Multiple macro keyboards in one with a rotary encoder to switch between them
After getting some help at an Arduino/Raspberry Pi user group Meetup, I've made some significant progress implementing the keyboard scanning. Now I can get it to output the correct button that I've pressed.
When I first plugged it in, I was getting garbage from my keyboard scanning algorithm (nested loops energizing a row and reading each column). It was registering a lot of nonsense periodically, basically noise. It turns out I neglected to include a pull-down resistor on the ends of the columns, which meant my values were floating, causing it to randomly trigger. After soldering on some 10k resistors the problem went away entirely.
I was also having trouble debugging with the Keyboard library because it would spit garbage out into my IDE. Someone at the Meetup pointed out that I could leave off the Keyboard library until I really needed it. I feel a bit dumb for not thinking of that, but it worked beautifully.
So now I need to implement some debouncing, likely just a time delay, and some way to save the state of the keyboard so I don't send a bunch of the same key press every time. That all feels pretty doable, so that's what I'll be doing in the next couple of weeks during my spare time.
They look good, well, as good as they were supposed to look given my design. I soldered the components on and have started programming. I could've started coding before, but I find that I'm less motivated to code when I can't test out the code.
So it turns out you can't both print to the Serial monitor and use a Pro Micro as a USB device at the same time, or I'm just too ignorant to figure out why my Serial.print commands are being ignored. When I started to code keyboard scanning (pulling each row high, then reading each row to see which buttons are pressed), I realized that my schematic didn't really match my board layout, so I initially labelled my row and column pins incorrectly.
Without the Serial monitor, I'm basically printing stuff using the Keyboard library and a text editor. This works ok, except I have to have the Pro Micro plugged into the computer to load new code, but it's spitting out debugging info whenever it's plugged in. The way I found around this was using keyboard shortcuts to upload new code (ctrl-u on Windows), and have the cursor on a line that's commented out so it doesn't mess up the code during compilation.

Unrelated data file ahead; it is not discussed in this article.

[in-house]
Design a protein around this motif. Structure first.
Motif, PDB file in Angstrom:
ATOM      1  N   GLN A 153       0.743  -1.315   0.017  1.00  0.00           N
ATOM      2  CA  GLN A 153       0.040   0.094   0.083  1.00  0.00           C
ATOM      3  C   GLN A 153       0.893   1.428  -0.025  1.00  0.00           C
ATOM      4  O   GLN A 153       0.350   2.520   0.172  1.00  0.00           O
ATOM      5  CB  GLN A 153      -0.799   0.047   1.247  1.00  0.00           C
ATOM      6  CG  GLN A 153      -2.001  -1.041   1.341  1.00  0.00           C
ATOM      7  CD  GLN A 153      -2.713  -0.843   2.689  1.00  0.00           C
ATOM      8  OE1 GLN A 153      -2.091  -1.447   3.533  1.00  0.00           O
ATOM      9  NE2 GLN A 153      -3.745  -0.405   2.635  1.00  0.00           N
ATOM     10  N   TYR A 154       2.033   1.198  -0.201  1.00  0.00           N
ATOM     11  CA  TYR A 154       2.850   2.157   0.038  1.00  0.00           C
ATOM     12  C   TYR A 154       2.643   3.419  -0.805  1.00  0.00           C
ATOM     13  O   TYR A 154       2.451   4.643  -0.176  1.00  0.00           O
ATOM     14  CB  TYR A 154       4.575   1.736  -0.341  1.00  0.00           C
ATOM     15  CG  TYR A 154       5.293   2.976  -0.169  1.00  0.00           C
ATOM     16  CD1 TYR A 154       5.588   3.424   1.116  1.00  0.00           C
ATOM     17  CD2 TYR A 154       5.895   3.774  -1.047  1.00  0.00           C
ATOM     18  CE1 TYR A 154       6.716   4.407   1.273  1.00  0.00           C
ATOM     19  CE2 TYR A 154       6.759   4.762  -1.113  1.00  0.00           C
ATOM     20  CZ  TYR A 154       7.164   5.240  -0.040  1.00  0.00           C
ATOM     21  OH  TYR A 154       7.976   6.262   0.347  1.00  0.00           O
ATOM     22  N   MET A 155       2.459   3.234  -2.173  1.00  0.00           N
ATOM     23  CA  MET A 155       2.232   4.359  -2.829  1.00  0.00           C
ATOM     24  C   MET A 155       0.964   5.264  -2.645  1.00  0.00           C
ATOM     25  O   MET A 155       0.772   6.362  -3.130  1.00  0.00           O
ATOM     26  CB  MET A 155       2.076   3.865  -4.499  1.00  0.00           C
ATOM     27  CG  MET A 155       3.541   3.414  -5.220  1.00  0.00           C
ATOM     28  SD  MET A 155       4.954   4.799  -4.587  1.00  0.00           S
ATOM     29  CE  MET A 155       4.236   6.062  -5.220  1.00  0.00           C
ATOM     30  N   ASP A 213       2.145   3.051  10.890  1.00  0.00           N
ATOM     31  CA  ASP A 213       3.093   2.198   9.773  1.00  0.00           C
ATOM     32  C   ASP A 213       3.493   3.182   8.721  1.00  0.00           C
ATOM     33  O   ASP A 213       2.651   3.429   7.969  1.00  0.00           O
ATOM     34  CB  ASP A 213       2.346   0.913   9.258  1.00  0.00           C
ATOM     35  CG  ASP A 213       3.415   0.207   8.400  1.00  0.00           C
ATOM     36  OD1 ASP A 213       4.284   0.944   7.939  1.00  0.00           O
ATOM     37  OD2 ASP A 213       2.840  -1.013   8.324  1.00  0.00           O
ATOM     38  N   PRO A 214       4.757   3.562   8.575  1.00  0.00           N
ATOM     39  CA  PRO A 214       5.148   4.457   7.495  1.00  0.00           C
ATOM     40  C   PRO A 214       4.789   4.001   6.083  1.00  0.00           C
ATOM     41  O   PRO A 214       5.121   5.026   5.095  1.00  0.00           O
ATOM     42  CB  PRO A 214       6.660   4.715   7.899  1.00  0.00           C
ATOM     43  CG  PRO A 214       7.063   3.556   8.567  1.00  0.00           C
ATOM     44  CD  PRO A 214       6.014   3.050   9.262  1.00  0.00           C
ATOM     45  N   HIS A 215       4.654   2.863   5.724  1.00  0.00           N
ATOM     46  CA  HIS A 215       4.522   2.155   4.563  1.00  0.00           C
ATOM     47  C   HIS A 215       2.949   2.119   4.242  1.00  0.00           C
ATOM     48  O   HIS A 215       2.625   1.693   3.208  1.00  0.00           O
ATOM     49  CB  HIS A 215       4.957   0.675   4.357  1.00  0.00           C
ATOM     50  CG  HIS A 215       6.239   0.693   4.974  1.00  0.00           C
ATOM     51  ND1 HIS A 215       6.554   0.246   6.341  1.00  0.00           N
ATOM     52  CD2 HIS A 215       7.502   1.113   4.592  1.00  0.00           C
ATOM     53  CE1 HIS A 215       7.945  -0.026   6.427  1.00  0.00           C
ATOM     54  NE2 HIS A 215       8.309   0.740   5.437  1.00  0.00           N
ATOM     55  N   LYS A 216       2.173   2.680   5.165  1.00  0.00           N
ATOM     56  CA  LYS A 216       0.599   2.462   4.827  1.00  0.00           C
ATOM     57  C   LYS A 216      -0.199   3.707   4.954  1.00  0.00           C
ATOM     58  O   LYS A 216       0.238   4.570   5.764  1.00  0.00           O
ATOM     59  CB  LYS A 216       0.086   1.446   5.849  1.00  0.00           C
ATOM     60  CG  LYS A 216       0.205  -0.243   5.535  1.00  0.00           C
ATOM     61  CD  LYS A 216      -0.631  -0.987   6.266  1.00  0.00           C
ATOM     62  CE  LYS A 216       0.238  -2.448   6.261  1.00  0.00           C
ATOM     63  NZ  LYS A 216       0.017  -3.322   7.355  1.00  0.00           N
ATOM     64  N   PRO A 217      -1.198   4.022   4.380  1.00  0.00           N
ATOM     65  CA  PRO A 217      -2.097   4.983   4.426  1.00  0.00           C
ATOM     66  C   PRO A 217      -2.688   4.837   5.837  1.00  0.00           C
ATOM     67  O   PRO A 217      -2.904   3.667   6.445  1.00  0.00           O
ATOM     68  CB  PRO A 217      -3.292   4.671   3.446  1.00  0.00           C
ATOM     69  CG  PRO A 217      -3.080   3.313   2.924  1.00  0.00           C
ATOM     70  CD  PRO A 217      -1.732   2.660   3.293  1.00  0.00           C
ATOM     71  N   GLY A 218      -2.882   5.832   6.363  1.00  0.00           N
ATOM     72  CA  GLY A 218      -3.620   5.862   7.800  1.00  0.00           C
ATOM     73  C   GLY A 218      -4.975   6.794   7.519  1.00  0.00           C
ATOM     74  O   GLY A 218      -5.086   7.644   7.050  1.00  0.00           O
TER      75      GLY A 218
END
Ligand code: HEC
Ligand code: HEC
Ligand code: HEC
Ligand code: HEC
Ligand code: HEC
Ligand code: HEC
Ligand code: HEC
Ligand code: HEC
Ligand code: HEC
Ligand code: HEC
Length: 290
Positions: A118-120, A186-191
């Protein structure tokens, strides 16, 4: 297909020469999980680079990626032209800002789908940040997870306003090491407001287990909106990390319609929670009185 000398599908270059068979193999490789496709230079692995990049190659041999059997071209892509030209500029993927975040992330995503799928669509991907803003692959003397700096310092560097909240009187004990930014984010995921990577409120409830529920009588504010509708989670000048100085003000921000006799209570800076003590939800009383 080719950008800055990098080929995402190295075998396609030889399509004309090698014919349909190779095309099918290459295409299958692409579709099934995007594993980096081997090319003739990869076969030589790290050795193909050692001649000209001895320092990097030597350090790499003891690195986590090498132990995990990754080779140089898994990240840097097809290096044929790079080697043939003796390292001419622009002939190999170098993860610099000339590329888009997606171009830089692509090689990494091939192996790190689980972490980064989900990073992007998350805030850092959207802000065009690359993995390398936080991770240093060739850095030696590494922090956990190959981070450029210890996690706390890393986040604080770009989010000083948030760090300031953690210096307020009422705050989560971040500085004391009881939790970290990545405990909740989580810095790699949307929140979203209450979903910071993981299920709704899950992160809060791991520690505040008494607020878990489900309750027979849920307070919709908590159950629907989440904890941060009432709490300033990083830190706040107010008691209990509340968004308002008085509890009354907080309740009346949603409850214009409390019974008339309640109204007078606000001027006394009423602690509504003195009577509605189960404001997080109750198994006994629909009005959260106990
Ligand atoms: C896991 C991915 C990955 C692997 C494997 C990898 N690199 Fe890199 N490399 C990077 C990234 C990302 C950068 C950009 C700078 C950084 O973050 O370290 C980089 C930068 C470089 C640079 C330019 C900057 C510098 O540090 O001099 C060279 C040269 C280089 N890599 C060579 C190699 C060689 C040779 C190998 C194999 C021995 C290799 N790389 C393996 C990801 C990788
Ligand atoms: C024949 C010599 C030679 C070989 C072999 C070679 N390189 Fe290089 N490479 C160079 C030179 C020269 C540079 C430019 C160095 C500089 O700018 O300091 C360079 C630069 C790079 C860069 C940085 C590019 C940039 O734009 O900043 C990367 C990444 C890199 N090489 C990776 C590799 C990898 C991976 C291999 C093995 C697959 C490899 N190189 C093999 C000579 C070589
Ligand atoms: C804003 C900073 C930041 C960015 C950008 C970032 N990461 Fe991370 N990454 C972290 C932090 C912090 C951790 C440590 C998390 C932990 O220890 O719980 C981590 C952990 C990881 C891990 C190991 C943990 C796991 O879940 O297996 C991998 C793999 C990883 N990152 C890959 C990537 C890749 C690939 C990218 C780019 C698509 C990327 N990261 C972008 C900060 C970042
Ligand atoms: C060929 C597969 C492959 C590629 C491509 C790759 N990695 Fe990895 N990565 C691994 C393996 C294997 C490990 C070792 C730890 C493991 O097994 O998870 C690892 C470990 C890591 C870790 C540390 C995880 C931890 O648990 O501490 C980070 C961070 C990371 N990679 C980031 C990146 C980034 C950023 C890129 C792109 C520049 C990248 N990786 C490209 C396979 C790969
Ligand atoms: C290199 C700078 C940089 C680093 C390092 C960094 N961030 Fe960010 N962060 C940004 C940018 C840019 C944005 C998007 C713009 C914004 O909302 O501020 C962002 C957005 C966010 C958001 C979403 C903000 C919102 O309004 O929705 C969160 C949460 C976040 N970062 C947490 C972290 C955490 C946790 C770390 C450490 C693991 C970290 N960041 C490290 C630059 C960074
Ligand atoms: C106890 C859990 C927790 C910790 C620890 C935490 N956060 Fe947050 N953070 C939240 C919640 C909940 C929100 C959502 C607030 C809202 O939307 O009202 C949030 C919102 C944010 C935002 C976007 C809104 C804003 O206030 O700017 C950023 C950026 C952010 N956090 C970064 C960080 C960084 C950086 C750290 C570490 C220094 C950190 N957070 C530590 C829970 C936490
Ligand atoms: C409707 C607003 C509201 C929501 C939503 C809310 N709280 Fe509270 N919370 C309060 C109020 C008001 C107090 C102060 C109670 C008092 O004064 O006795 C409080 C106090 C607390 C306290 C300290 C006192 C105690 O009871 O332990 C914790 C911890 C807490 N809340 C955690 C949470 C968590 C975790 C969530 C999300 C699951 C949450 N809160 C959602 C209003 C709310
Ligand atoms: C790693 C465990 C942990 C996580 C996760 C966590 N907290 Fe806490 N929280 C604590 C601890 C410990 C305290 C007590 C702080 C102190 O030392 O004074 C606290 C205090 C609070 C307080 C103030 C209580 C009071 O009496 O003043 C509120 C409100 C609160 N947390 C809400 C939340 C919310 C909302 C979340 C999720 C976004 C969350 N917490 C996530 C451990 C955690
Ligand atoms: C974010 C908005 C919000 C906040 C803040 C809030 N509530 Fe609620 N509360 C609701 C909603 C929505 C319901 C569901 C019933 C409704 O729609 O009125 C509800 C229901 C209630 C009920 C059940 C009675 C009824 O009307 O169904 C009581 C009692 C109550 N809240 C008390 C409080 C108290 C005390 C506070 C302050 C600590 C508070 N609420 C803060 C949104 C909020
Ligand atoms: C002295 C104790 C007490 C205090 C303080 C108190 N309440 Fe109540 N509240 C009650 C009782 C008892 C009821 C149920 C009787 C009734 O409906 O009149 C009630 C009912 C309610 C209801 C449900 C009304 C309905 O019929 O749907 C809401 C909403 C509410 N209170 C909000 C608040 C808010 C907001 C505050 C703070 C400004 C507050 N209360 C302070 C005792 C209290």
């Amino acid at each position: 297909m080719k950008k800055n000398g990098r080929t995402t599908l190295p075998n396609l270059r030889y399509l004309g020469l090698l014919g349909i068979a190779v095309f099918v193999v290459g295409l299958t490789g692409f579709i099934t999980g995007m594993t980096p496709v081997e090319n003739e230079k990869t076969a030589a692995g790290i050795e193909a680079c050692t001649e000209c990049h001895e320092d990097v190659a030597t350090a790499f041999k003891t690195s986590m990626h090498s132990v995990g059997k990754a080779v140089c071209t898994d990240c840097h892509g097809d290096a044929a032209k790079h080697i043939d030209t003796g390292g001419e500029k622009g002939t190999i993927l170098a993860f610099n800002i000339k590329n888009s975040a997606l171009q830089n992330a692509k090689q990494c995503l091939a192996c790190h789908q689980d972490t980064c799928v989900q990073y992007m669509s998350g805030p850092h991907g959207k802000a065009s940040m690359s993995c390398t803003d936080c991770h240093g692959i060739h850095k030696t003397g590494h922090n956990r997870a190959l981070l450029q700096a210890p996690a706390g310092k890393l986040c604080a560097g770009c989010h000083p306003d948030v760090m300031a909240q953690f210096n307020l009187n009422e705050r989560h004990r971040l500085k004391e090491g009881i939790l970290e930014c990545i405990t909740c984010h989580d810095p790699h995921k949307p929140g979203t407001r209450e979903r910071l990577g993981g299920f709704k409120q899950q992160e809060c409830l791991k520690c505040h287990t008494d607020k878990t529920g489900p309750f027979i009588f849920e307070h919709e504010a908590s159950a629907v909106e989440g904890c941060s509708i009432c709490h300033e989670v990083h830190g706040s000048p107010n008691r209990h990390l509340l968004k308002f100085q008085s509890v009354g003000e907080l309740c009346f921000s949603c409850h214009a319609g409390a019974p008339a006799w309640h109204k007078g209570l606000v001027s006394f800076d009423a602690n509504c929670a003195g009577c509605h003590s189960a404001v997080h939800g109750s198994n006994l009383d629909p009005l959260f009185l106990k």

On the next version of the hardware I'll just include a switch that disables the keyboard output, like a normal person.
I'm getting a little unexpected ghosting (given that I'm using a diode for each switch), which I haven't really figured out yet. I noticed that @David Boucher used a 1 microsecond delay between pulling each row HIGH and reading the column pins in his keyboard build, so that's what I'll try next. I noticed that his keyboard is hooked up in the opposite direction of mine, but I haven't dug down deep enough to understand that choice yet.
I'm currently waiting on PCBs that I expect in the next week or so. This version of the board has no chance of being the final product because it lacks any sort of text output device, doesn't have the wiring for a rotary encoder (I broke out some of the Micro's pins for prototyping that part), has haphazard spacing of the buttons, probably has poorly-sized traces, and totally lacks mounting holes. It's basically something hideous that I can start coding with.
At the moment, I'm not sure how I'm going to implement an interface that the average consumer could use. That's partially going to depend on whether I provide this as a diy kit or as a finished product. I'm going to shoot for the latter, but might fail my way into the former. Having users modify a header file for the Arduino sketch would work, but recompiling and flashing the code to the Arduino isn't going to be very user-friendly.
I'm also not sure how I'm going to allow users to switch between macro keyboards. At first, I thought that color coding would make sense by adding some RGB LEDs behind some frosted acrylic, but that limits the number of keyboards to the number of colors people can easily distinguish between and their memories. Each keyboard could be named and displayed on an LCD panel near the rotary encoder (knob), but traditional LCD panels are big and don't match the aesthetic I have in mind. OLED displays either for named keyboard or individual buttons that say the key functions are another option, but far more expensive than the other two options. I'll likely try some version of all three and decide which I like best.
Finally, I don't really know how rotary encoders work yet, so I have some research to do.